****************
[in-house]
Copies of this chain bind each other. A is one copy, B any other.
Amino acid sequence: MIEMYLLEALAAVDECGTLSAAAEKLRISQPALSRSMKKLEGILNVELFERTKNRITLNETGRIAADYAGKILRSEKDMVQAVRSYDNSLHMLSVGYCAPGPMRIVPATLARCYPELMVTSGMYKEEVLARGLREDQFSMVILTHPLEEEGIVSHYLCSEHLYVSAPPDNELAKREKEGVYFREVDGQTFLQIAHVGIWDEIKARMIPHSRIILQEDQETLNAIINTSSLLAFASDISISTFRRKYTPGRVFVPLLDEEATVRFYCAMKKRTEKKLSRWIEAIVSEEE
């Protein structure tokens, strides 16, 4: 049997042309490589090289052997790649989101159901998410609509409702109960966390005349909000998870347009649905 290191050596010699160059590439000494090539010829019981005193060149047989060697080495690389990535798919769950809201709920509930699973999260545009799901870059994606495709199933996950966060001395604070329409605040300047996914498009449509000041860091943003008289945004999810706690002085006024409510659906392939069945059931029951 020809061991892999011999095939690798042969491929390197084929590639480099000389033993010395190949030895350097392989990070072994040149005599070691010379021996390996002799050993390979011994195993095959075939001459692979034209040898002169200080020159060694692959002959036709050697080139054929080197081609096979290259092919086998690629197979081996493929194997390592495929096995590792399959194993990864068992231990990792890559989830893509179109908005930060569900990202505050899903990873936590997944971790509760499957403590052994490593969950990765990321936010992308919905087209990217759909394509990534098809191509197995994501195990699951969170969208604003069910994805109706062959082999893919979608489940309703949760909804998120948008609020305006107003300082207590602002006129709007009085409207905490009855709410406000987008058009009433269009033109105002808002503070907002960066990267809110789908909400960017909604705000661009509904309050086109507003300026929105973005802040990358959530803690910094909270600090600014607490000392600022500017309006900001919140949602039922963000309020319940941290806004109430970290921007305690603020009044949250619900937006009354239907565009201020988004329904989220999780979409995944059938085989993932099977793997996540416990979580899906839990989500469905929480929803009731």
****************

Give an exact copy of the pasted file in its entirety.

[in-house]
Copies of this chain bind each other. A is one copy, B any other.
Amino acid sequence: MIEMYLLEALAAVDECGTLSAAAEKLRISQPALSRSMKKLEGILNVELFERTKNRITLNETGRIAADYAGKILRSEKDMVQAVRSYDNSLHMLSVGYCAPGPMRIVPATLARCYPELMVTSGMYKEEVLARGLREDQFSMVILTHPLEEEGIVSHYLCSEHLYVSAPPDNELAKREKEGVYFREVDGQTFLQIAHVGIWDEIKARMIPHSRIILQEDQETLNAIINTSSLLAFASDISISTFRRKYTPGRVFVPLLDEEATVRFYCAMKKRTEKKLSRWIEAIVSEEE
């Protein structure tokens, strides 16, 4: 049997042309490589090289052997790649989101159901998410609509409702109960966390005349909000998870347009649905 290191050596010699160059590439000494090539010829019981005193060149047989060697080495690389990535798919769950809201709920509930699973999260545009799901870059994606495709199933996950966060001395604070329409605040300047996914498009449509000041860091943003008289945004999810706690002085006024409510659906392939069945059931029951 020809061991892999011999095939690798042969491929390197084929590639480099000389033993010395190949030895350097392989990070072994040149005599070691010379021996390996002799050993390979011994195993095959075939001459692979034209040898002169200080020159060694692959002959036709050697080139054929080197081609096979290259092919086998690629197979081996493929194997390592495929096995590792399959194993990864068992231990990792890559989830893509179109908005930060569900990202505050899903990873936590997944971790509760499957403590052994490593969950990765990321936010992308919905087209990217759909394509990534098809191509197995994501195990699951969170969208604003069910994805109706062959082999893919979608489940309703949760909804998120948008609020305006107003300082207590602002006129709007009085409207905490009855709410406000987008058009009433269009033109105002808002503070907002960066990267809110789908909400960017909604705000661009509904309050086109507003300026929105973005802040990358959530803690910094909270600090600014607490000392600022500017309006900001919140949602039922963000309020319940941290806004109430970290921007305690603020009044949250619900937006009354239907565009201020988004329904989220999780979409995944059938085989993932099977793997996540416990979580899906839990989500469905929480929803009731």